One of my threads was raised from the dead, which is probably something I'll brag about to my grandchildren. (Yes, I lead a relatively empty existence.)
posted by dhammond at 9:46 PM on October 26, 2009


oh man, cortex was so spry back then.
posted by jessamyn (staff) at 9:57 PM on October 26, 2009


> But then I think that the majority of relationship filter questions are obviously chat filter

Yeah, there's this weird tolerance for it because people posting RelationshipFilter questions are having a hard time, and we've all been through that, so give 'em a break they aren't thinking clearly, etc. I don't really get it either, but I can't fault human compassion, so it's all good to me.
posted by cj_ at 2:40 AM on October 27, 2009


Oh so THIS is the clemency-granting thread for hypothetical-filter questions.

I would like to hereby submit Bears vs. Monkeys for consideration.

I cite "spry" cortex's previously stated position as supporting evidence.

Thank you very much.
posted by allkindsoftime at 4:08 AM on October 27, 2009


Ah, but those were the heady days before I had adopted the mantle of administrative responsibility. And it's monkeys.
posted by cortex (staff) at 6:32 AM on October 27, 2009 [1 favorite]


reading allkindsoftime's links lead me to this: http://ask.metafilter.com/54419/architecture-of-the-planet-of-the-apes-anyone

Which made me think of this: http://www.amazon.com/World-Without-Us-Alan-Weisman/dp/0312427905/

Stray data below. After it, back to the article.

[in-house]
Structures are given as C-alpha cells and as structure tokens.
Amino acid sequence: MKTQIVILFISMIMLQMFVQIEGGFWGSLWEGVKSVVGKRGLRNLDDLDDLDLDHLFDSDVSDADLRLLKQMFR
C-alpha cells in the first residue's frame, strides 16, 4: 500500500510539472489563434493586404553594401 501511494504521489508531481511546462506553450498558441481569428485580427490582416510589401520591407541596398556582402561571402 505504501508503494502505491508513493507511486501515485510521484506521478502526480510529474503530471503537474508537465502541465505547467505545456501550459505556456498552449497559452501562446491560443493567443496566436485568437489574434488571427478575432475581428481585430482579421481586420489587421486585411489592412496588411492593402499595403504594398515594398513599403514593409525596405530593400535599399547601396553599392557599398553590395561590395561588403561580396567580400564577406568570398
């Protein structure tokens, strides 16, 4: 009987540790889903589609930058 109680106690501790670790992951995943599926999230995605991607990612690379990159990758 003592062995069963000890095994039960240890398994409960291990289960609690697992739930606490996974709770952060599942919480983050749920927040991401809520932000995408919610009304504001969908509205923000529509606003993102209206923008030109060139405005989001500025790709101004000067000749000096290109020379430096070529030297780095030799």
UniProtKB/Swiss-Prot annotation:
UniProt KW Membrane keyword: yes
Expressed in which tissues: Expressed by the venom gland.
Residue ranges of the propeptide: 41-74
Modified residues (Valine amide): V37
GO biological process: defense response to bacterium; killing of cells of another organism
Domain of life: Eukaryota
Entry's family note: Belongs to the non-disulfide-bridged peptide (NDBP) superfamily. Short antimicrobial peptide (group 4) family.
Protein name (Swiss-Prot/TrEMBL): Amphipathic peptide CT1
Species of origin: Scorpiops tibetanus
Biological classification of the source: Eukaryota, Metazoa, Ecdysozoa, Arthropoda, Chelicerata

Creepy. Cool. And someone deserves royalties!

And as far as a come back to cortex standing on my head...I've got nothing, but I can confirm he is spry.
posted by cjorgensen at 6:36 AM on October 27, 2009


cortex,

You were a big softie yesterday, you're being a big softie today. By mathematical induction, can we infer that you'll be a big softie forever?

I was sorry to miss the Denver meetup. I was in Puerto Rico with coqui flu or whatever they call it there.
posted by lukemeister at 7:02 AM on October 27, 2009


I really do not see how that question breaks the rules at all.

The rule against hypothetical questions in the FAQ.

But then I think that the majority of relationship filter questions are obviously chat filter and should be deleted

I don't see why. How are they "obviously chat filter"?
posted by Jaltcoh at 7:32 AM on October 27, 2009


I'm not being a softie today, I just haven't had my coffee yet.
posted by cortex (staff) at 7:46 AM on October 27, 2009


Brandon Blatcher : If you want to figure out to kill an astronaut, just be straight up about it,

Well, since it has been brought up... I've been luring astronauts into a derelict freighter and then killing them off one by one with murderous robots powered by a portal to hell I inadvertently opened while trying to steal XM satellite radio. It's a little contrived, but it seems to be pretty effective.

Do you have something better?
posted by quin at 8:04 AM on October 27, 2009 [1 favorite]


Mefimail me under my sock puppet (cortex, but shhh, don't tell anyone!)
posted by Brandon Blatcher at 8:16 AM on October 27, 2009


I don't see why. How are they "obviously chat filter"?

Because they are unanswerable without actually knowing the people involved, so they just devolve into general discussions about relationships.

I thought that the question in the OP, while poorly phrased, had a clear correct answer based on facts about what happens to a human in a vacuum.

I feel like a hypothetical like "bears vs. monkeys" has more in common with most relationship filter questions than the space suit question, because they is no way to evaluate if an answer is correct or not.
posted by afu at 8:30 AM on October 27, 2009


I don't see why. How are they "obviously chat filter"?

Because they are unanswerable without actually knowing the people involved, so they just devolve into general discussions about relationships.


For questions that are "unanswerable," they sure get a lot of answers!